TC Roundup: Transport dept finds gaps in applications of Uber, Ola, TaxiForSure
Transport dept finds gaps in applications of Uber, Ola, TaxiForSure: The Delhi Transport Authority has found gaps in applications by Uber, OlaCabs, Taxi For Sure and NTL Call Cabs for a licence to operate in Delhi under an amended radio taxi scheme.
The department sent 'deficiency memos' to these firms on January 24. "It will take at least 10 days for companies to fill in all the gaps in the applications, which will then be reconsidered by the department," said a government official on the condition of anonymity. (Business Standard)
China to allow game console sales nationwide after Shanghai test: China will permit the manufacture and sale of game consoles nationwide, after a trial program in Shanghai's free-trade zone ended a 14-year ban last January.
Local governments must draft detailed rules to allow the business and submit them to Ministry of Commerce by Saturday, according to a statement from the State Council posted on the central government's website Thursday. The cabinet also let policies for some customs procedures and foreign-exchange settlement be adopted outside of the zone, according to the document, which was dated Dec. 21 (Bloomberg)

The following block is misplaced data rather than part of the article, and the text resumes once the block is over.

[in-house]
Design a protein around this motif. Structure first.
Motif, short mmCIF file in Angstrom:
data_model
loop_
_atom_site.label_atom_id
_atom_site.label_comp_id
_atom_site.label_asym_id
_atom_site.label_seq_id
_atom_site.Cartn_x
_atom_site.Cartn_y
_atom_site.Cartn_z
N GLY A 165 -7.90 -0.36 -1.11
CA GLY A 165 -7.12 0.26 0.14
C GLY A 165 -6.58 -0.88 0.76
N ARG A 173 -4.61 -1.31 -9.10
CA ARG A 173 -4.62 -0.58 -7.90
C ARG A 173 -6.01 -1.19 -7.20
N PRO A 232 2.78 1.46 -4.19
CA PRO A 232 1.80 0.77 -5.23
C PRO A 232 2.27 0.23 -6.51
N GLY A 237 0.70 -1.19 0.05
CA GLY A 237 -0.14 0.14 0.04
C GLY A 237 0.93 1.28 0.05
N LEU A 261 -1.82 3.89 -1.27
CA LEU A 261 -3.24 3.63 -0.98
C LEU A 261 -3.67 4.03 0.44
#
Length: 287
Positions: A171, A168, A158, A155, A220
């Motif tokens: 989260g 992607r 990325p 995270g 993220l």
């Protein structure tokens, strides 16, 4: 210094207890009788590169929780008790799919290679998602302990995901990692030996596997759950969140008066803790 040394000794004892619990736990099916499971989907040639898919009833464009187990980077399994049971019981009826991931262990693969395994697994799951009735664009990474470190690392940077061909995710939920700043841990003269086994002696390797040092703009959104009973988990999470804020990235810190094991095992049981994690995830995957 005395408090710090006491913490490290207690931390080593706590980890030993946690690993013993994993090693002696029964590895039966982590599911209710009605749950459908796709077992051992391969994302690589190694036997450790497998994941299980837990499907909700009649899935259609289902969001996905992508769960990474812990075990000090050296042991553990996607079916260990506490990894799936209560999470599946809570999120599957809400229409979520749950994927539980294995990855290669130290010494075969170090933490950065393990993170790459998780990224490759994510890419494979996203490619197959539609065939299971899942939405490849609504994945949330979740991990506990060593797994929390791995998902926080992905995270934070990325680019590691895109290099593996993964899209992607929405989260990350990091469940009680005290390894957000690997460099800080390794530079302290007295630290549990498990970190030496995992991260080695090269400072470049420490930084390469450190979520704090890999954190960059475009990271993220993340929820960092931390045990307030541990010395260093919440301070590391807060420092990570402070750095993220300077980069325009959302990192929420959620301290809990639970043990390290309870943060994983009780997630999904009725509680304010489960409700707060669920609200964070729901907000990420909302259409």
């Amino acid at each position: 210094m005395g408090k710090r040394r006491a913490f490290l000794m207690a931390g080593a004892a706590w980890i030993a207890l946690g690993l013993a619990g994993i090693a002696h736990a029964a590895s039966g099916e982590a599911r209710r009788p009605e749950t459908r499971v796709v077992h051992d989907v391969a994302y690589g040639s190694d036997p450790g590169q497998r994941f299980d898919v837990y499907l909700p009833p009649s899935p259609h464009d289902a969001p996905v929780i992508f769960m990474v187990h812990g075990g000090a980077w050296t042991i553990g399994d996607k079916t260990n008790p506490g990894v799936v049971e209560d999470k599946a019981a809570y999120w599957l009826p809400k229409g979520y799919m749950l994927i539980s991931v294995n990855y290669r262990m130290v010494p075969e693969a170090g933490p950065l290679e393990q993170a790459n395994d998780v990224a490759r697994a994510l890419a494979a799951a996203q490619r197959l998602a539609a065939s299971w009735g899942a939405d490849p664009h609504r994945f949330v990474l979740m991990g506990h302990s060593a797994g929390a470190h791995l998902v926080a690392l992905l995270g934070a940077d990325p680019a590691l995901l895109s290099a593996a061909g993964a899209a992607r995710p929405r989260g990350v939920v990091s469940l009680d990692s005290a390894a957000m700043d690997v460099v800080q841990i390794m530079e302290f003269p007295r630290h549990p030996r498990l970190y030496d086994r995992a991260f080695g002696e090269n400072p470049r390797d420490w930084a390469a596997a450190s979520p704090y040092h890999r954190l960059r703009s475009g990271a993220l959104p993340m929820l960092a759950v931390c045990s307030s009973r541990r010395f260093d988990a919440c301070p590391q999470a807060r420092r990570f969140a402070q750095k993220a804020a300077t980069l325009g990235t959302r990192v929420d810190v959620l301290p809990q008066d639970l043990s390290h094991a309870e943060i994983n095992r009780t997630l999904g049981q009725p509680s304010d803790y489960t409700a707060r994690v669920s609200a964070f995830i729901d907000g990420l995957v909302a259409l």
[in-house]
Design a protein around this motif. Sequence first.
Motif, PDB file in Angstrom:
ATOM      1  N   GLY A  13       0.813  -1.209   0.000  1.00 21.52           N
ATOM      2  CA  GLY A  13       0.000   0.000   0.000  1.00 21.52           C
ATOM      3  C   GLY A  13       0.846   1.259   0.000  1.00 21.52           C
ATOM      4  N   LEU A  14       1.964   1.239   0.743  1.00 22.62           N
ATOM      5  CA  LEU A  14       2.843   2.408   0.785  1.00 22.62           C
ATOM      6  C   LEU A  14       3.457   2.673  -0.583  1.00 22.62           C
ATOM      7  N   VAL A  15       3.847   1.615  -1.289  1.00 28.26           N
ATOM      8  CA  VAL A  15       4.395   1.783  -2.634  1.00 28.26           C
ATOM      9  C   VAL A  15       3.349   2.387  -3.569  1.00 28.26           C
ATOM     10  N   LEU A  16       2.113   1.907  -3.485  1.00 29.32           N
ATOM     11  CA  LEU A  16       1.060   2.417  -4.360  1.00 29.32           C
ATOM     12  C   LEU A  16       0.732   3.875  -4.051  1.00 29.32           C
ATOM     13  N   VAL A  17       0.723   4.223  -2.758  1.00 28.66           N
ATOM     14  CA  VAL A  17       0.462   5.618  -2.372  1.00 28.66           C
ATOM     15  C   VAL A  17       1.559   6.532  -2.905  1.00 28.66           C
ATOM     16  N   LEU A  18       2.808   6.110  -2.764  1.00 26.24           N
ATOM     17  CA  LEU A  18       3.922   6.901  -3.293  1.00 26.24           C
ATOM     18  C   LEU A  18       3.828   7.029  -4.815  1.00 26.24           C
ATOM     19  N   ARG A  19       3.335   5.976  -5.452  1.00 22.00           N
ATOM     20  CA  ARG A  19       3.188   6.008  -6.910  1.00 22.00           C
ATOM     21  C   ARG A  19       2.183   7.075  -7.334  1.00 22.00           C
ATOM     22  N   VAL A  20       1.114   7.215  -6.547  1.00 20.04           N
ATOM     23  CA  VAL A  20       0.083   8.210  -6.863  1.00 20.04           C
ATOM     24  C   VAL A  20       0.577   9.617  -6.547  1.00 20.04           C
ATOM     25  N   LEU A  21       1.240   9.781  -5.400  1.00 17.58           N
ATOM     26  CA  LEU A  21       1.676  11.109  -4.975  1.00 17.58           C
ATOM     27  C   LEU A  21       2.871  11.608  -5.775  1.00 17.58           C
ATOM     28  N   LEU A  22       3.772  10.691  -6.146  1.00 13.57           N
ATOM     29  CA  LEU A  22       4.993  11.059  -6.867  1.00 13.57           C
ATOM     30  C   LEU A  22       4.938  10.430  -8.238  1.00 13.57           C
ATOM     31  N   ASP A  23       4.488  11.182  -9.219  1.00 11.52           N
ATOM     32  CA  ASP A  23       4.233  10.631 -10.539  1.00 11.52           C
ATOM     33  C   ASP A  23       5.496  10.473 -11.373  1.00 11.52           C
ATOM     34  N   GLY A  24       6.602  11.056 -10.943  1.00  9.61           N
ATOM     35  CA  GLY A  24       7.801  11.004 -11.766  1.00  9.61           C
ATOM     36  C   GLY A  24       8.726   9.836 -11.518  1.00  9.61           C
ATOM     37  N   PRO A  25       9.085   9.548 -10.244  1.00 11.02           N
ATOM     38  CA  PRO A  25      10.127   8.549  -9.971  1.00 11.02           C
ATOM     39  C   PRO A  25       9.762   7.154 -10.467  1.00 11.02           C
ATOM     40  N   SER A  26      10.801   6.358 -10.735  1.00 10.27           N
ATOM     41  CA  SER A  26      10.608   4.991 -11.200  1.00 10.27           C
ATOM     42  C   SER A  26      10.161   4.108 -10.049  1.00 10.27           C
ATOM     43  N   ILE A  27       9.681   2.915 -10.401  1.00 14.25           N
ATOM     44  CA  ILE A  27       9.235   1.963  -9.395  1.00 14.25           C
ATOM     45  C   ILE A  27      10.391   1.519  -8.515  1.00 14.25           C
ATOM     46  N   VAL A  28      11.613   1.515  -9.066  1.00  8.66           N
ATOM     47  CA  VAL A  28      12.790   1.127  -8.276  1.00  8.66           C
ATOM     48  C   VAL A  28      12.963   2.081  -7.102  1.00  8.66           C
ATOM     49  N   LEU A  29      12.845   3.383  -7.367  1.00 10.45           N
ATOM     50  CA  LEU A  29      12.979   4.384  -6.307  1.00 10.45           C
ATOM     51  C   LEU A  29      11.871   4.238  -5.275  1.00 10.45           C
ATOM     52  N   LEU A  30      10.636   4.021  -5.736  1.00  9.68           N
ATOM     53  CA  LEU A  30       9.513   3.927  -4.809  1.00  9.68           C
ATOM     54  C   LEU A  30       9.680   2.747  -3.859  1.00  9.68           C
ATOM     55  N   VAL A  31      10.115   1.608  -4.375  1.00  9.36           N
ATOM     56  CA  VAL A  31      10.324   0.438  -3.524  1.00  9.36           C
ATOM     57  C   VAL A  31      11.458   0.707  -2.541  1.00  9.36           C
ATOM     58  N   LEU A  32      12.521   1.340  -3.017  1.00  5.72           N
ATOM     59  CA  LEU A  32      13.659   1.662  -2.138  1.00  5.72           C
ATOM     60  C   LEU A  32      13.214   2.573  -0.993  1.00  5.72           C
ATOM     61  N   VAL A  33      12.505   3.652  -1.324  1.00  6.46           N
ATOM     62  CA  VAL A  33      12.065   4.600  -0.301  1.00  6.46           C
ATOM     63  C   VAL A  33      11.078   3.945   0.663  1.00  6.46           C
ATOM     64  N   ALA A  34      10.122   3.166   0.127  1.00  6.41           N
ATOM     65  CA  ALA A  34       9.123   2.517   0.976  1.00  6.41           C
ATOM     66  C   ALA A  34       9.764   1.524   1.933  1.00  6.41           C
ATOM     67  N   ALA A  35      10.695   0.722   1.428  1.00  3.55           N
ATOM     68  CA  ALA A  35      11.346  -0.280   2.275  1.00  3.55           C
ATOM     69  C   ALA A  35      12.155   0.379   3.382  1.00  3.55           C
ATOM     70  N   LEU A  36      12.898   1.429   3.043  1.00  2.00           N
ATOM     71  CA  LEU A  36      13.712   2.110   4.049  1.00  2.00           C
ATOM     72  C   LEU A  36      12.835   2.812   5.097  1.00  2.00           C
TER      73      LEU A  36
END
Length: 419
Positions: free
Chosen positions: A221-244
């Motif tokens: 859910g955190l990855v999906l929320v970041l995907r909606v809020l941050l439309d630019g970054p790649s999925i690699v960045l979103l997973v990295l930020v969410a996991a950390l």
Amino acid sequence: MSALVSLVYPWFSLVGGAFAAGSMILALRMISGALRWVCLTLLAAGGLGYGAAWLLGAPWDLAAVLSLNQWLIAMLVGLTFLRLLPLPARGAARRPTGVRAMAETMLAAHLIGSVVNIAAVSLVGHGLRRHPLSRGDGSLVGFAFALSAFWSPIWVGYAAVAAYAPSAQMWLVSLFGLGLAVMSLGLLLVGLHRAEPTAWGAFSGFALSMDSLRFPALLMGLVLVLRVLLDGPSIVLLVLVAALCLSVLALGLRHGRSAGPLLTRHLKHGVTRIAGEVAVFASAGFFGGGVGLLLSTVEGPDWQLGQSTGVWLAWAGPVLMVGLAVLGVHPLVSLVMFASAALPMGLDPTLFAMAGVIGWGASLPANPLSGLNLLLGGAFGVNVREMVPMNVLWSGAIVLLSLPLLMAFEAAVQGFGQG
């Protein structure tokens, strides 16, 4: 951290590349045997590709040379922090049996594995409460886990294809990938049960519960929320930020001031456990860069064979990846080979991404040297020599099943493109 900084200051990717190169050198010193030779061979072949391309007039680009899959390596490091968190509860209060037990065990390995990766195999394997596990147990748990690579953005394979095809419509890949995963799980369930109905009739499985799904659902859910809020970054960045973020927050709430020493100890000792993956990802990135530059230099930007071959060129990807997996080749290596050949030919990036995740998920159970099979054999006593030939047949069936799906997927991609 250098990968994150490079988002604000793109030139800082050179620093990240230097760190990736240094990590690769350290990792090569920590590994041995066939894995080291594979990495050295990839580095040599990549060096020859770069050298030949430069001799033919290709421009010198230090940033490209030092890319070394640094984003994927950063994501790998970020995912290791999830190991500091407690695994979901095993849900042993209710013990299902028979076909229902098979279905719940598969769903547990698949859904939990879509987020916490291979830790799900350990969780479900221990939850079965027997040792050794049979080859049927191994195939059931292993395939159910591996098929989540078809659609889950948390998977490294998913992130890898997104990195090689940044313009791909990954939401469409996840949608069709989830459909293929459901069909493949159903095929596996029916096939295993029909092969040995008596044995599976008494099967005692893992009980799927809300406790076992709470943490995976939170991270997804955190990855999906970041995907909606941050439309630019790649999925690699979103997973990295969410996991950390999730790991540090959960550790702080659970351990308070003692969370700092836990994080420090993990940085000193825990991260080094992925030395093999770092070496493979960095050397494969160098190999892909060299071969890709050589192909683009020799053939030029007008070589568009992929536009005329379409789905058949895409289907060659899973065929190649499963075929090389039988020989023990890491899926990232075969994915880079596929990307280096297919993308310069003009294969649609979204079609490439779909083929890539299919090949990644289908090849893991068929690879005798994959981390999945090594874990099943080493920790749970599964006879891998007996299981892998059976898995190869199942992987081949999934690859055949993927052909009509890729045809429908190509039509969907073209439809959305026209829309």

Facebook invades Yelp, Foursquare territory with geo-specific Place Tips for iPhone: Facebook knows that being able to target users with information about exactly where they are can be extremely lucrative. Today, it invaded the territory occupied by Yelp and Foursquare, launching a new feature for the Facebook iPhone app that delivers information about where its users are in real-time.
Known as Place Tips, the opt-out feature will show up at the top of users' News Feed, and is designed to show "a series of cards with info about the place you're at," Facebook said. "If you choose to view Place Tips, you'll find things like posts and photos your friends have shared with you about that place." (Venture Beat)
Snapchat outgrows the friend zone: Discover is Snapchat's big new play in the world of media. It's a special tab in the app powered by content publishers like ESPN, Yahoo, etc., offering daily long-form content with videos, articles and, of course, advertisements.
Brands can buy advertisements against these Discover "Editions," which play every three or four swipes. It's really not all that bad. It's what we've grown accustomed to. It feels like a magazine that you would read in the future. But with the launch of Discover, one small piece of the app disappeared. Best Friends is gone. (Tech Crunch)